Max Reality - I -
Small, easy to use, great volume control.
Business / Management
The Innovator's Dilemma by Clayton M. Christensen
"In a sea of mostly worthless business books, this is an upside surprise--sharply written and rigorous enough to be predictive. Christensen's thesis: Great companies blow it precisely because they do everything right. He explains why top companies that had listened hard to customers and invested like crazy in new technologies still lost their market leadership when confronted with disruptive changes in technology and market structure. Poor managers are not to blame. Nor are bureaucracy, late technology or tired executive blood. The culprits are size and a company's best customers....The Innovator's Dilemma could be the wake-up call you need." (Richard Karlgaard, Forbes)
Businesses, like people, get in a rut. Christensen brilliantly makes the point that poor management is not always the cause of company failure. Often, even top-notch management is insufficient for survival in a technology environment. The Innovator's Dilemma is an incredibly accurate analysis of the way business ACTUALLY works.
The depressing part is that, if you believe the author, there doesn't appear to be a lot that can be done within an established company to deal with "disruptive technology" other than to fold up your tent and move elsewhere.
In America by Susan Sontag
In 1876, a group of Polish immigrants flee the Russian authorities that control their native land. They establish a commune in Southern California. The person behind the journey is Poland's leading actress, Maryna Zalewska who has given up the stage to be with her husband and son in America...
In America shows Sontag in top time-traveling form. What's more, it illuminates her motives for glancing so persistently backward. "Almost everything good seems located in the past," she notes in a first-person prologue, "perhaps that's an illusion, but I feel nostalgic for every era before I was born; and one is freer of modern inhibitions, perhaps because one bears no responsibility for the past." There's nothing, it seems, like the age of innocence - a golden moment before we moderns had the curse of self-consciousness brought down on our heads.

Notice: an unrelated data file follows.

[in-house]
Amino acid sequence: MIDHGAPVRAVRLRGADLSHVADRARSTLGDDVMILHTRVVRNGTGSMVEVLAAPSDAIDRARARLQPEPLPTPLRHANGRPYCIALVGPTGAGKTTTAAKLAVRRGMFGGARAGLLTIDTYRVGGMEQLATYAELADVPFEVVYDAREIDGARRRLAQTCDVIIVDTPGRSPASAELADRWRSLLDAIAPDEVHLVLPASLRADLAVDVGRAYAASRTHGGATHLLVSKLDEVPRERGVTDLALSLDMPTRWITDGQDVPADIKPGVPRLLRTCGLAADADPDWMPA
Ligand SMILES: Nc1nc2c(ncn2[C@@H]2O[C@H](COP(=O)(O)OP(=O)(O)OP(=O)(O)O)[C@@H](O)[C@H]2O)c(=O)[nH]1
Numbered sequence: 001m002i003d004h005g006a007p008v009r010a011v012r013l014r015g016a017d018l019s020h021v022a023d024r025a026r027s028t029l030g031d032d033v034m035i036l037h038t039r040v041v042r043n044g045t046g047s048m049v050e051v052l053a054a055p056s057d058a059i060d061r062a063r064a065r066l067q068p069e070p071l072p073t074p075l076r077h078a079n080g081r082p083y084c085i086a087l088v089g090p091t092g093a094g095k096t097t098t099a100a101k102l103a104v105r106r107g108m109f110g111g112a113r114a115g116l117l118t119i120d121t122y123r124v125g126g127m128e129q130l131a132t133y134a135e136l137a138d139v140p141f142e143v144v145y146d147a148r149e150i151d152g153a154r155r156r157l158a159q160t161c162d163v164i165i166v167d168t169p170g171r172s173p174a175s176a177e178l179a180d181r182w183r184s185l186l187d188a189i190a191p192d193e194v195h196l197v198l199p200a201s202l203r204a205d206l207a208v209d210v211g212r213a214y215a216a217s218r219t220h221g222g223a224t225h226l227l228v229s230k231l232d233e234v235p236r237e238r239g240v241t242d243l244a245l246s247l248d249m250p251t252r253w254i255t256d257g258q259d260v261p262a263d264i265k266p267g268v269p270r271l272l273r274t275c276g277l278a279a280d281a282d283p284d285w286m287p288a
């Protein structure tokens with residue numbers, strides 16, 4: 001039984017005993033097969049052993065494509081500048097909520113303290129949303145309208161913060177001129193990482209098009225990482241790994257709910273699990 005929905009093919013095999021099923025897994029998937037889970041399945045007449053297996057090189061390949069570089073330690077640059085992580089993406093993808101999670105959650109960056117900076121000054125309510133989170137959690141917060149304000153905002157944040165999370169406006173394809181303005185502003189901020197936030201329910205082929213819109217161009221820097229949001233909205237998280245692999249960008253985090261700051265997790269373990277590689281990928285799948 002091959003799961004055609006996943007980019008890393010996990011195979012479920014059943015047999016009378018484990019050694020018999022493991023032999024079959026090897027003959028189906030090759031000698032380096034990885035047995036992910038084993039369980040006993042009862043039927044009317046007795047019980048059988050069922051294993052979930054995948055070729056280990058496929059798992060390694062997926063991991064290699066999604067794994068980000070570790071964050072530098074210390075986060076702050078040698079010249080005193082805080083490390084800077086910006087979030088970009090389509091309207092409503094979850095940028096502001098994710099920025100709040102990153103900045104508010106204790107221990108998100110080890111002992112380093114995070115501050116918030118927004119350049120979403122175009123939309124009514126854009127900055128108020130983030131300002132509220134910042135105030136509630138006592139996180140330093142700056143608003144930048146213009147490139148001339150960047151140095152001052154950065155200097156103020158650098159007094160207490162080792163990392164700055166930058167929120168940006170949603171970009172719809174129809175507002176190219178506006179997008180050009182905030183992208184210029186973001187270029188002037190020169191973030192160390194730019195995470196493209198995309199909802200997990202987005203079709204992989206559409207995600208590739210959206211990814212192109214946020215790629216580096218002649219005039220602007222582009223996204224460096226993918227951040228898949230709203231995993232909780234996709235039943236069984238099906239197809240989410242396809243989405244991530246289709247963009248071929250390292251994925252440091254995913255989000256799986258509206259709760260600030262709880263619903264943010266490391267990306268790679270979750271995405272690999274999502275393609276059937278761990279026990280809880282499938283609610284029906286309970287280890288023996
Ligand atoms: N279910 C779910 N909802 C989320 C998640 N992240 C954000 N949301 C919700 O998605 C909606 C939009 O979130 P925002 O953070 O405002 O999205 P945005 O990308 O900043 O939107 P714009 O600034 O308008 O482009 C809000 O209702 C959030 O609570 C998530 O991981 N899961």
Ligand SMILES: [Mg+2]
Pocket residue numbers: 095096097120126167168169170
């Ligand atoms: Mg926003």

I Know This Much Is True by Wally Lamb
Dominick Birdsey, the antihero, narrator, and bad-juju magnet of I Know This Much Is True is a 40-year-old housepainter, horrifically abused, with an identical twin --Thomas-- who is a politically motivated psychopath who believes in public self-mutilation. This 912-page tome tells the story of one man's search, denial, and acceptance of self. A no easy aim for Dominick, considering his grandfather seemed to take parenting tips from the SS and his grandmother was a probable teenage murderess, his stepfather a latent sadist, and his brother being a paranoid schizophrenic. Dominick continues the family tradition with rape, a failed marriage, a nervous breakdown, SIDS, a car crash, and a racist conspiracy against a coworker.
"Lamb clearly aims to be a modern-day Dostoyevsky with a pop
sensibility." (New York Times Book Reviews)
Indigo Girls - Come on Now Social
The Blues Band - Itchy Feet / Brand Loyalty
"...Cooder gets off some incredible slide guitar licks...he's still doing those terrific, uncanny things with his instrument..." (Rolling Stone)
A wonderful mixture of rock 'n' roll, folk and blues.
Inti Illimani - Canto Para Una Semilla: Homage to Violeta Parra
Wonderful tunes from Chile. Violeta Parra was one of the most representative voices of her country, before the blooded takeover of the militars.
Inti Illimani - Fragments of a Dream
Inkpot / Attila by Shocking Blue
& Transputer Qasar. 2005.